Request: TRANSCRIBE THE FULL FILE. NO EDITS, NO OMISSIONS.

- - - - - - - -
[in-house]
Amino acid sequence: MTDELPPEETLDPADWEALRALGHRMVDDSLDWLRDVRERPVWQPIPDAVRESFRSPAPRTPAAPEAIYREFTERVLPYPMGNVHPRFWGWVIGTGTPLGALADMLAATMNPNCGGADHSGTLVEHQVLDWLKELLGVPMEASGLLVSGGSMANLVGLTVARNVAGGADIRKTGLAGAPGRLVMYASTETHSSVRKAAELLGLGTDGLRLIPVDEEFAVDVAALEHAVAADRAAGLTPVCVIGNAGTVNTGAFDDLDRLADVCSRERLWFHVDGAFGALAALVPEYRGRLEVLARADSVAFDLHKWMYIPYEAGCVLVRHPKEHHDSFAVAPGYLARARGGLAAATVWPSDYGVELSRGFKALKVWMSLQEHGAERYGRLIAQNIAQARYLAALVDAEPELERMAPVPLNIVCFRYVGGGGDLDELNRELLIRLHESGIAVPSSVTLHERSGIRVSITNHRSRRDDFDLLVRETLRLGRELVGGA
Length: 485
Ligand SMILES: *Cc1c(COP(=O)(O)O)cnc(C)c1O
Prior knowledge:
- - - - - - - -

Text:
[in-house]
Amino acid sequence: MTDELPPEETLDPADWEALRALGHRMVDDSLDWLRDVRERPVWQPIPDAVRESFRSPAPRTPAAPEAIYREFTERVLPYPMGNVHPRFWGWVIGTGTPLGALADMLAATMNPNCGGADHSGTLVEHQVLDWLKELLGVPMEASGLLVSGGSMANLVGLTVARNVAGGADIRKTGLAGAPGRLVMYASTETHSSVRKAAELLGLGTDGLRLIPVDEEFAVDVAALEHAVAADRAAGLTPVCVIGNAGTVNTGAFDDLDRLADVCSRERLWFHVDGAFGALAALVPEYRGRLEVLARADSVAFDLHKWMYIPYEAGCVLVRHPKEHHDSFAVAPGYLARARGGLAAATVWPSDYGVELSRGFKALKVWMSLQEHGAERYGRLIAQNIAQARYLAALVDAEPELERMAPVPLNIVCFRYVGGGGDLDELNRELLIRLHESGIAVPSSVTLHERSGIRVSITNHRSRRDDFDLLVRETLRLGRELVGGA
Length: 485
Ligand SMILES: *Cc1c(COP(=O)(O)O)cnc(C)c1O
Prior knowledge: